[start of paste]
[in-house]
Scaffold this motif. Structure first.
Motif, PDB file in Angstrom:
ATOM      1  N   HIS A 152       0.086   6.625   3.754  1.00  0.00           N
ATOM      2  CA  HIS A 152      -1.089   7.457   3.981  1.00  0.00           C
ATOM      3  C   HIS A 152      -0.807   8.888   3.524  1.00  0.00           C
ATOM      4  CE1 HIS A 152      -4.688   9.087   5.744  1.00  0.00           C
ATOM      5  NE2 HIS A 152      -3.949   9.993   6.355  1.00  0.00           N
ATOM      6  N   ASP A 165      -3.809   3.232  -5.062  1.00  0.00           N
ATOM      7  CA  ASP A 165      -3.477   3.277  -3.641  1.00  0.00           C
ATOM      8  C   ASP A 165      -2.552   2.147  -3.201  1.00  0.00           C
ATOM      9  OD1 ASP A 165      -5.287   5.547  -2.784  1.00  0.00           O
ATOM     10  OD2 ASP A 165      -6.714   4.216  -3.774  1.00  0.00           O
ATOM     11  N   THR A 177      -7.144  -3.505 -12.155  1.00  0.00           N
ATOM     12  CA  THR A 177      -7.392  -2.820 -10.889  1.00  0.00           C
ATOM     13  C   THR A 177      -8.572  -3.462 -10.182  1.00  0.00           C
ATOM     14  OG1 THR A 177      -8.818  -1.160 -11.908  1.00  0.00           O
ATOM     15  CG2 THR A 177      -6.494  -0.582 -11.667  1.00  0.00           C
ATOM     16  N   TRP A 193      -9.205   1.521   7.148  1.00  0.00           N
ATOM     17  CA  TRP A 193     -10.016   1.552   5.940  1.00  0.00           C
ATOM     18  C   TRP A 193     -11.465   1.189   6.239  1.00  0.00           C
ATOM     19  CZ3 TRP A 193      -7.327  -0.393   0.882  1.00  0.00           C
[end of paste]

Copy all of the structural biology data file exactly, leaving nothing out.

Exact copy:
[in-house]
Scaffold this motif. Structure first.
Motif, PDB file in Angstrom:
ATOM      1  N   HIS A 152       0.086   6.625   3.754  1.00  0.00           N
ATOM      2  CA  HIS A 152      -1.089   7.457   3.981  1.00  0.00           C
ATOM      3  C   HIS A 152      -0.807   8.888   3.524  1.00  0.00           C
ATOM      4  CE1 HIS A 152      -4.688   9.087   5.744  1.00  0.00           C
ATOM      5  NE2 HIS A 152      -3.949   9.993   6.355  1.00  0.00           N
ATOM      6  N   ASP A 165      -3.809   3.232  -5.062  1.00  0.00           N
ATOM      7  CA  ASP A 165      -3.477   3.277  -3.641  1.00  0.00           C
ATOM      8  C   ASP A 165      -2.552   2.147  -3.201  1.00  0.00           C
ATOM      9  OD1 ASP A 165      -5.287   5.547  -2.784  1.00  0.00           O
ATOM     10  OD2 ASP A 165      -6.714   4.216  -3.774  1.00  0.00           O
ATOM     11  N   THR A 177      -7.144  -3.505 -12.155  1.00  0.00           N
ATOM     12  CA  THR A 177      -7.392  -2.820 -10.889  1.00  0.00           C
ATOM     13  C   THR A 177      -8.572  -3.462 -10.182  1.00  0.00           C
ATOM     14  OG1 THR A 177      -8.818  -1.160 -11.908  1.00  0.00           O
ATOM     15  CG2 THR A 177      -6.494  -0.582 -11.667  1.00  0.00           C
ATOM     16  N   TRP A 193      -9.205   1.521   7.148  1.00  0.00           N
ATOM     17  CA  TRP A 193     -10.016   1.552   5.940  1.00  0.00           C
ATOM     18  C   TRP A 193     -11.465   1.189   6.239  1.00  0.00           C
ATOM     19  CZ3 TRP A 193      -7.327  -0.393   0.882  1.00  0.00           C